Rated a 6/10
Rated 6/10

Book Details:
Title: Fire in the Rain
Author: Surendra Mohanty
ISBN: 978-93-5104-713-1
Genre: Crime Fiction
Publishers: Selfpublished
Price: INR. 100


This is an author-requested review, given for a review copy of the book, but no other payment.
The opinions expressed in the review are my own, and remain unbiased and uninfluenced.

Shared with
1) First Reads Challenge at b00k r3vi3ws
2) Indian Quills Reading Challenge at Tales Pensieve.

(Aug 3rd, 2013)

Posted in Books

Book Review: The King’s Deception (Cotton Malone #8), by Steve Berry

About the author:
Steve Berry is the author of the Cotton Malone series of novels. He is an international bestseller author whose books have sold over 12 million copies and translated into 40 languages. He has also taught writing to audiences across the globe.

Cover and blurb:
The cover shows a castle with a red swirl over it. This, plus the blurb about a 500 year old secret that is startling in its revelations, makes the story interesting. A historical thriller that I might love.

My thoughts:
Historical thrillers are something to ponder on. To be executed well, it should be researched well, and yet give the feel of continuity, like it flows from scene to scene, character to character and not stick to just the historical details. Reading Berry was a revelation of just such a book, well written and – borrowing a term I’ve heard from many of my friends these days – unputdownable.

The historical event – a secret that has been kept for and by generations of Tudors – brings in the interest for the reader at the start. Brought to the present time to set the tone for a little drama, the reader is taken back again in a flashback, as Cotton Malone narrates the events that got him and his younger son Gary involved in a case that revolved around that big Tudor secret. It’s the drama that sets the base for the case. To add to the interest is the impending release of a Libyan terrorist from a Scotland prison on humanitarian grounds, one that is seen as a reason for the world to question the power houses.

The secret threatens the monarchy, the monarchy has the power to change things, so this secret in the wrong hands would wreak havoc. To do that, a cunning and somewhat obsessed villain is needed. Berry gives us a few of them in this novel, but the one that stands out, and one that connects in a totally unexpected way, is rogue CIA agent Blake Antrim. Egoistical sod that he is, he is prepared to use any means necessary to complete his mission. The problem… the secret is half way across the world, stolen by a young boy. Cheeky, innovative and street smart, Ian’s character is appealing and yet a little confusing. You love him, but nitpicking a little, you begin to wonder how a boy, a petty thief ends up half way across the world running from people. Bringing him back to England is Malone, with his son Gary. Cotton is someone one can admire as the hero. He doesn’t have a panic button, takes the right decisions on the spur of the moment and such. Gary, well you could almost say he’s a chip off the old block (almost… almost!) The trio are kidnapped from Heathrow, and well, the rest is to you to find out.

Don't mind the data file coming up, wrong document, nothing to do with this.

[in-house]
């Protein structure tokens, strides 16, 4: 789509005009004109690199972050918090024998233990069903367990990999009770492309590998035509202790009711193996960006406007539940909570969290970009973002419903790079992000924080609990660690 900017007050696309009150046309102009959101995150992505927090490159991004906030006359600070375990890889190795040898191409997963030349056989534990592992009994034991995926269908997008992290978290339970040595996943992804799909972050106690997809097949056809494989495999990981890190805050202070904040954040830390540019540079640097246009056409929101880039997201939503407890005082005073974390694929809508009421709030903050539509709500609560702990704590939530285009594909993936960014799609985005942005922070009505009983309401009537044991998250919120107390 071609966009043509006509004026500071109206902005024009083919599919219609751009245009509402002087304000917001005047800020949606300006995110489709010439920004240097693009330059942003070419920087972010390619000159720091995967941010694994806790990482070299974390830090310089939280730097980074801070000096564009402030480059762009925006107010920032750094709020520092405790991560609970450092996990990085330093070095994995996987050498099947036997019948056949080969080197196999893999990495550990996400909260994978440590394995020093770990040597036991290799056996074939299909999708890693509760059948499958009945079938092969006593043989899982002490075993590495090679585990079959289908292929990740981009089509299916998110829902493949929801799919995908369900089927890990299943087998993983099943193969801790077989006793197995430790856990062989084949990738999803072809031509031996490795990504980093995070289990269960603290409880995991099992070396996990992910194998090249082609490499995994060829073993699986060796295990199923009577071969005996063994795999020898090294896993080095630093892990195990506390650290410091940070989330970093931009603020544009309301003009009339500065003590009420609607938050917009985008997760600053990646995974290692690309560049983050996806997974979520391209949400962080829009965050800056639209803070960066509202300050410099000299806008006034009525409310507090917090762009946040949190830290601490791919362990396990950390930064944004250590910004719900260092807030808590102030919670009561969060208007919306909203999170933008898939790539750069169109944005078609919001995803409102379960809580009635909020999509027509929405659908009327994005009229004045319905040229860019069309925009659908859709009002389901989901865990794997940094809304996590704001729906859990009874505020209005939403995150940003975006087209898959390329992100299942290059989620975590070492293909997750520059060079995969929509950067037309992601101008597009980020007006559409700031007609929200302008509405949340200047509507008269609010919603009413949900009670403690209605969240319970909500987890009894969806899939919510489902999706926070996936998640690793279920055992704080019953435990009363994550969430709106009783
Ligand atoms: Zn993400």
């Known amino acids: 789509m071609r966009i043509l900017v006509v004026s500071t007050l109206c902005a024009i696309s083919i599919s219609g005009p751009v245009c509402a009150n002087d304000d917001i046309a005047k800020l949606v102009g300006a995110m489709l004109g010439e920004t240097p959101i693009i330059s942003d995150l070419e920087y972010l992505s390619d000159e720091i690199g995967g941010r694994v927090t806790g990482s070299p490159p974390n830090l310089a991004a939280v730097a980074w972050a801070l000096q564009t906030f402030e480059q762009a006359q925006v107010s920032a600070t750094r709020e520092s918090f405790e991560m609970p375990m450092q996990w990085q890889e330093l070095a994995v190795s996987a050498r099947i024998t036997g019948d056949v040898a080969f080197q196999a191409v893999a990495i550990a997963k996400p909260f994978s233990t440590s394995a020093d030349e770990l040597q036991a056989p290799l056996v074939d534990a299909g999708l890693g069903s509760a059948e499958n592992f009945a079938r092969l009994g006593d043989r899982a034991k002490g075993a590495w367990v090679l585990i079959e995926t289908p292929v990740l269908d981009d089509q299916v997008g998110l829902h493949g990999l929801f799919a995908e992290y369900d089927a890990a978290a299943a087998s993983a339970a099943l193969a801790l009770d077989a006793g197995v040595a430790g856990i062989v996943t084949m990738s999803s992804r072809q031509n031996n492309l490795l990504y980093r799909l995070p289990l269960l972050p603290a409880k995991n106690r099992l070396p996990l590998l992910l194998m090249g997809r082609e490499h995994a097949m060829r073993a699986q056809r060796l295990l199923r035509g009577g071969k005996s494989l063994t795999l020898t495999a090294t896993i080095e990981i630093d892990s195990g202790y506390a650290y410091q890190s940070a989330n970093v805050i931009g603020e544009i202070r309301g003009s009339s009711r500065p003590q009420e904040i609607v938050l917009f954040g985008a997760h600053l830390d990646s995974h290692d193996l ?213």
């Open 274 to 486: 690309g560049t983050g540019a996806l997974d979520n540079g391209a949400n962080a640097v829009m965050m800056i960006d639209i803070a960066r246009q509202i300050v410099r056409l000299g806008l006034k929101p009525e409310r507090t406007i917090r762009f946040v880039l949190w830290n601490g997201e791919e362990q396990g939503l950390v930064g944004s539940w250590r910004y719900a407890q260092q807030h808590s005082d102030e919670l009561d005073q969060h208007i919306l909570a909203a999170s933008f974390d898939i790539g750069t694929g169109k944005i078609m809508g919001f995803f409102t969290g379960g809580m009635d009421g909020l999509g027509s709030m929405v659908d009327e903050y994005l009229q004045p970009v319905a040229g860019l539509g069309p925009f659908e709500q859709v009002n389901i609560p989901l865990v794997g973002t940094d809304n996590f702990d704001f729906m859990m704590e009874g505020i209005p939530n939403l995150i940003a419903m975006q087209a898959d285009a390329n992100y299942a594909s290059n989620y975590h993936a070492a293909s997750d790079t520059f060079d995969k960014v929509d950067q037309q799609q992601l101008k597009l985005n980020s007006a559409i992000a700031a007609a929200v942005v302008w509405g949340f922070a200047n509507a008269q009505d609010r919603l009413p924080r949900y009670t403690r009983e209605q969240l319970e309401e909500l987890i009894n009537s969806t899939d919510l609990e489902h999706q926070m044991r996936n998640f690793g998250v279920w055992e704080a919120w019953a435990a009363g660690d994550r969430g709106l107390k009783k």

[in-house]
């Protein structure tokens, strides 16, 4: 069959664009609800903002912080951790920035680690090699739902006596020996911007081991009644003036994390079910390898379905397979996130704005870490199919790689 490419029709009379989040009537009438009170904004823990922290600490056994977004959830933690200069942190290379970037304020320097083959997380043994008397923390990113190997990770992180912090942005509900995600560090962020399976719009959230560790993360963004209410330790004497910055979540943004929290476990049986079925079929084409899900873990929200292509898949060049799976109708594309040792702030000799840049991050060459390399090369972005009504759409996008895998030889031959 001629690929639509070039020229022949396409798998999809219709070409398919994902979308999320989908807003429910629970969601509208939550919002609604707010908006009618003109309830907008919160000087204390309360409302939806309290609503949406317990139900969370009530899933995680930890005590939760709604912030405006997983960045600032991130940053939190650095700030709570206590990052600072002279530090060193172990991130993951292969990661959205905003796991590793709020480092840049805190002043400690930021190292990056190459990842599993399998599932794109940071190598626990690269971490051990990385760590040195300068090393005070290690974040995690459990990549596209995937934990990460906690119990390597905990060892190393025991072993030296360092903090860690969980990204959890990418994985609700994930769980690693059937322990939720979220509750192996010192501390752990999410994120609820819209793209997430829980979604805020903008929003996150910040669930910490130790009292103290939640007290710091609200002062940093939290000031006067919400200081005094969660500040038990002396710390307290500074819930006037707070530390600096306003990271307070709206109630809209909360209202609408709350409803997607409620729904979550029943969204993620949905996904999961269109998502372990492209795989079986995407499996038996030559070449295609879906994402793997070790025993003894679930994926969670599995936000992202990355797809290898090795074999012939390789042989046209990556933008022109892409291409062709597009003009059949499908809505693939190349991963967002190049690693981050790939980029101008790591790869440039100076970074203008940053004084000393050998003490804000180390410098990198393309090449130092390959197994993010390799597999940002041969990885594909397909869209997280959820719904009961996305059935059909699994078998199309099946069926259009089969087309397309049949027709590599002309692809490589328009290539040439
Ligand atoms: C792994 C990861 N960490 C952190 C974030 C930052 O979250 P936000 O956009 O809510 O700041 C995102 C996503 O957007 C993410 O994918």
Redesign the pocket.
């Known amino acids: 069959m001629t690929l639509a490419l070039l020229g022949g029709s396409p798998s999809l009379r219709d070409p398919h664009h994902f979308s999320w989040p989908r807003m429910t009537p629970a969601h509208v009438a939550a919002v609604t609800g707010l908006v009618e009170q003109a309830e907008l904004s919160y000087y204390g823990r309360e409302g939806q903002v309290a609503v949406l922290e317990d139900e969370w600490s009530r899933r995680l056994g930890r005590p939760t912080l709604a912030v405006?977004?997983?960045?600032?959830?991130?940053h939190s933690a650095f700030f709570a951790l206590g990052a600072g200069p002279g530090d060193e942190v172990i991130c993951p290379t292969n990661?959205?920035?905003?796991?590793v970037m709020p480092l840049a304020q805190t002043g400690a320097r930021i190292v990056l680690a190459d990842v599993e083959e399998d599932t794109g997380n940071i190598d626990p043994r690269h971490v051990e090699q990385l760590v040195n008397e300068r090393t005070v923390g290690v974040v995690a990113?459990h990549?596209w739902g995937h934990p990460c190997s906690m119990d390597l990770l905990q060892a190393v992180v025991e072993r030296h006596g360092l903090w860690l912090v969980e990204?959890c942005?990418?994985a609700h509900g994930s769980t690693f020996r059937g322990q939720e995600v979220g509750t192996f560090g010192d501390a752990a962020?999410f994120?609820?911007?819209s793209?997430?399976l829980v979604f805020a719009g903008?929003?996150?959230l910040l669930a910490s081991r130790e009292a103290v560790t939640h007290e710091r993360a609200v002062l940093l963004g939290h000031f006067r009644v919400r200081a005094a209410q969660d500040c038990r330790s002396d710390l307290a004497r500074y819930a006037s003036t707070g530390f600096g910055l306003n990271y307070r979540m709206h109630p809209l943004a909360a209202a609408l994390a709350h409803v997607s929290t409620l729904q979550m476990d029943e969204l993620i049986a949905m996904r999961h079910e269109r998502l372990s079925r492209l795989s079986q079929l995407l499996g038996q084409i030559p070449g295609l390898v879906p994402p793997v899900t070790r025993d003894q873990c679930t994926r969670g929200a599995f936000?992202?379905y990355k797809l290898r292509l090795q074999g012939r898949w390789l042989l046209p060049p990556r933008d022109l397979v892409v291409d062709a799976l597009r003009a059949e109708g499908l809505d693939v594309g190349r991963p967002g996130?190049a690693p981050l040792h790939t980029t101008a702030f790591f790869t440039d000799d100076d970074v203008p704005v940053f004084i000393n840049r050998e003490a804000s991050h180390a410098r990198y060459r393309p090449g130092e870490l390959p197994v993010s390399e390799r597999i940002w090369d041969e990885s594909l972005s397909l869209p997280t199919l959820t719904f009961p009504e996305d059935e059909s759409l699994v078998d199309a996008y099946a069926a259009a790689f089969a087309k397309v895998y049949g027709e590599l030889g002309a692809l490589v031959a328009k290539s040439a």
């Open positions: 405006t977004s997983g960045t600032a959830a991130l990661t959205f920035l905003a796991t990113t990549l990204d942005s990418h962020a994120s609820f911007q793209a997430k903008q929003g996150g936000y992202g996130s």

Berry’s characterization is brilliant. He works his threads well, keeping us interested in his plotting, and also in the characters. Major characters are slowly developed, the secondary ones brought in and shot out (literally) when needed. There’s history, thrill and even some family drama in the book. Frankly, I didn’t feel the necessity for the third, the novel could have worked without it too. The secrets and the events come out well to hold the attention of the reader, albeit they might seem a little too easy to use. One thing I feel the book could use is a little bigger font size. I’d be thrilled to see that in future thrillers.

Interested in history, action and a fast-paced book? This, I feel, is one for you.

A rating of 8/10
A rating of 8/10

Book details:
Title: The King’s Deception
Author: Steve Berry
ISBN: 978-1-4447-5470-4
Genre: Historical / Thriller
Publishers: Hodder / Hachette India
Price: INR. 350


This book was given to me for review by Hachette India. This is not a paid review.
The opinions expressed in the review are my own, and remain unbiased and uninfluenced.

Shared with First Reads at b00k r3vi3ws.

(Aug 23rd, 2013)